I weep for the children in New York and Washington, D.C., who will never see their parents again. I weep for the young Marine who could not find his fiance in the smoldering Pentagon Building. I weep for the spouses who may have worked on different floors of the World Trade Center and who forgot that day to say "I love you" to each other as they exited the elevator. I weep for the passengers on the hijacked airplanes and the terror they had to endure before death.
I am in awe of those who stepped out of their fear and did courageous things. I weep for the firefighters, policemen and other heroes who worked to rescue people from the burning buildings.
I weep at the undermining of the sacred value of life.
I'm used to weeping. I've had plenty of practice of fighting back tears as I read the morning newspapers about Israelis massacred by Palestinian suicide bombers, about Palestinians murdered by vengeful Israelis, about members of African tribes hunted down and hacked to death by members of other tribes, about Catholics and Protestants assassinating each other in northern Ireland.
Closer to my home in the West, I weep for the beaten woman found near death in a motel bathtub, I weep for the woman raped, the transient murdered in his hobo camp. I am tired of weeping.
In my life I have worked as an artist, firefighter, writer, contra-dance caller. I like to think my work helped improve peoples' lives in some small way. Today, I feel overwhelmed and discouraged. I feel lost and a failure.
How could this have happened? Some will say it's the beginning of the biblical End Times. For a number of years, members of a local Missoula sect, Bahais Under the Provisions of the Covenant, have predicted that the World Trade Center towers would be bombed by terrorists. That would in turn lead to a nuclear war and the end of the world. I still believe they're wrong.
But I wonder how foreigners, especially Third World inhabitants, view the citizens of the United States? Do they understand that most of us are not rich; that we work hard? That our personal treasures are restricted to flush toilets, television sets, a dependable car? That may seem like riches to many of them, but in other aspects of life we are poor.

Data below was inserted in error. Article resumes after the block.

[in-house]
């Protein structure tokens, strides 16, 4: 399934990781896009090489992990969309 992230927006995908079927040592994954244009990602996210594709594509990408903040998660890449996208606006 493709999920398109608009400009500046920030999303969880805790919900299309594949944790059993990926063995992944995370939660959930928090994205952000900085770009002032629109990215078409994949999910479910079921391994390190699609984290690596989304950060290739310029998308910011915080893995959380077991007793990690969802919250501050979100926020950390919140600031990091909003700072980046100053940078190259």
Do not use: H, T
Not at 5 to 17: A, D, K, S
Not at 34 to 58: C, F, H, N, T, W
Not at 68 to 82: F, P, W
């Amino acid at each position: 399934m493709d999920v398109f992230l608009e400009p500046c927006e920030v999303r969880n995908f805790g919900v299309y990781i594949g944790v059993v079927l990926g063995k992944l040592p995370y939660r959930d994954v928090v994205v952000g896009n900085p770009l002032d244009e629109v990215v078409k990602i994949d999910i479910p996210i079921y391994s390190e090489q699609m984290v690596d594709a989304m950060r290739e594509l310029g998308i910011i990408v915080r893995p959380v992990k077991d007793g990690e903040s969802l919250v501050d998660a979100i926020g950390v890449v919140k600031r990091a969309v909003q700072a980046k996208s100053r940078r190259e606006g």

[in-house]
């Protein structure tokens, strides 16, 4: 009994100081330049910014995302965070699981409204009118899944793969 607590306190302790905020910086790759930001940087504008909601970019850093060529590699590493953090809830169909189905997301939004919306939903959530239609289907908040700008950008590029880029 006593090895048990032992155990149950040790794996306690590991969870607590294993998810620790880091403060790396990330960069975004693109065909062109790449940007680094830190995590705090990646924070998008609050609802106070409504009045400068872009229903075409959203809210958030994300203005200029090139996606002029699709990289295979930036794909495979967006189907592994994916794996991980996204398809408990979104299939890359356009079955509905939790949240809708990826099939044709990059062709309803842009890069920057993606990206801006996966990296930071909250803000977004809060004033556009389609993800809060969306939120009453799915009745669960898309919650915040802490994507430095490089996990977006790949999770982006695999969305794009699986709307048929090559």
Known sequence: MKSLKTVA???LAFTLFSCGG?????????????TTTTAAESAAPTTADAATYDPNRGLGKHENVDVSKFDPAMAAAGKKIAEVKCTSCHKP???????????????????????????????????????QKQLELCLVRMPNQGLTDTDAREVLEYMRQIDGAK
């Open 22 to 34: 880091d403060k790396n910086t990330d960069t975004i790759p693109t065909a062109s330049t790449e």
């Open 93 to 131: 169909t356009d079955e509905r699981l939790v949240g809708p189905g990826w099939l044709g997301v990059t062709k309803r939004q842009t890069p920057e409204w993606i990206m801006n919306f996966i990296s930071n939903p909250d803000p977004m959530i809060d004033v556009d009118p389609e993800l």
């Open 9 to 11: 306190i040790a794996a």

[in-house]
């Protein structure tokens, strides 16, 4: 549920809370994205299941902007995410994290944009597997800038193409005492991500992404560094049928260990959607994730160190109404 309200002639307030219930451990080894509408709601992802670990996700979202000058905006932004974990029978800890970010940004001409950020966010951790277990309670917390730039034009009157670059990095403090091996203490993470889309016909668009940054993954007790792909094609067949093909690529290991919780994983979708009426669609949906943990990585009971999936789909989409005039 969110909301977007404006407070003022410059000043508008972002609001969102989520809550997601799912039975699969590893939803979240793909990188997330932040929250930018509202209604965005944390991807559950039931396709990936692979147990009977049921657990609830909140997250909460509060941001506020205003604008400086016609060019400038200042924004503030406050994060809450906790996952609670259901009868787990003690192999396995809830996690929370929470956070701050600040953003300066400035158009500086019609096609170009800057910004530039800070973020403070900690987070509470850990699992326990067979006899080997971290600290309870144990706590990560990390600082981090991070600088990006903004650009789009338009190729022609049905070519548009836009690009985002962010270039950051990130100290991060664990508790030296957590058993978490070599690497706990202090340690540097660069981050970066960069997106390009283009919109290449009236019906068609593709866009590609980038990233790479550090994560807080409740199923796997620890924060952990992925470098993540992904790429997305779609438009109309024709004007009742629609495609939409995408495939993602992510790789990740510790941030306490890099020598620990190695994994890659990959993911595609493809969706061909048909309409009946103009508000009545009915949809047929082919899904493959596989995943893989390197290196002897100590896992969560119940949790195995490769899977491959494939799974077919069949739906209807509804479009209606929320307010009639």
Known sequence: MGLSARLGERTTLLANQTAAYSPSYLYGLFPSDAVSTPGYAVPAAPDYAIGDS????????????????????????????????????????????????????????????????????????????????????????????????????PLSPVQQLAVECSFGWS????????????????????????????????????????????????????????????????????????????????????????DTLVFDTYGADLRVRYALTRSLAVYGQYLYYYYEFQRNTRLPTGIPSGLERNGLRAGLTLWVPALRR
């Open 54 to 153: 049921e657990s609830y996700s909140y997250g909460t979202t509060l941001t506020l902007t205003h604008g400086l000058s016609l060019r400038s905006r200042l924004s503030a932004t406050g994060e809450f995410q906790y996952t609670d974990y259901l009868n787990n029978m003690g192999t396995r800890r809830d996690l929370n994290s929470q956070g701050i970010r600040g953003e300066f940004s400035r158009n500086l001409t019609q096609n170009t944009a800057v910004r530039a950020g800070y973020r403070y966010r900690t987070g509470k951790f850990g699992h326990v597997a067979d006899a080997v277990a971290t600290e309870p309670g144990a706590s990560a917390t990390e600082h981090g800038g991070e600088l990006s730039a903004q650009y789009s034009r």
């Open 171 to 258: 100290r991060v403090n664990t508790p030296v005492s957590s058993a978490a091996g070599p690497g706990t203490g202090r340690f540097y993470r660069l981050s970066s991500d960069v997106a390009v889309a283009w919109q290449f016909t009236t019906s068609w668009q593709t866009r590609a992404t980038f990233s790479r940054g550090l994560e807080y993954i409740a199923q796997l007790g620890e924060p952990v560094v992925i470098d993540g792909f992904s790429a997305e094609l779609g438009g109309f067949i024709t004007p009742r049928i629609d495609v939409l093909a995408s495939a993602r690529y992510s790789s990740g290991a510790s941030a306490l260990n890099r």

"A nation of singers and dancers." That's how a black slave before the Civil War described his life in Africa before being shackled and transported to the fledgling United States. In some ways his life in Africa was richer than mine is in America.
Although many young Americans want to be rock stars, as a nation we don't do much to own our cultural lives. We spend our money where we are directed. We follow like sheep to bad movie after bad movie. We are afraid to sing in public. We don't dance unless we've had a few drinks at a bar.
If you disagree with me, please shout me down. Breathe new life into my soul. Let me know that I am not a lone voice in the wilderness. I need you.
Lead me to your community and I will lead you to mine. Then maybe together, we can lead the world in ways that count -- not just in economic matters.
For the most part, I believe America is inhabited by moral, sympathetic, caring people. We hurt inside when someone misunderstands us. We bleed when someone attacks us. We are also a forgiving people. But it only takes a few greedy Americans to soil our true image in the world and encourage people to hate us.
As I weep today, I fear the wave of hate and vengeance that may sweep our nation. I fear we may lash out and perpetuate this violence. I pray that the religious zealots who hate democracy so fiercely help us understand why they become murderers to advance their cause. I hope we're ready to listen before blindly striking back.
-- Mark Matthews is a contributor to Writers on the Range, a service of High Country News in Paonia, Colorado (hcn.org). He writes in Missoula, Montana.
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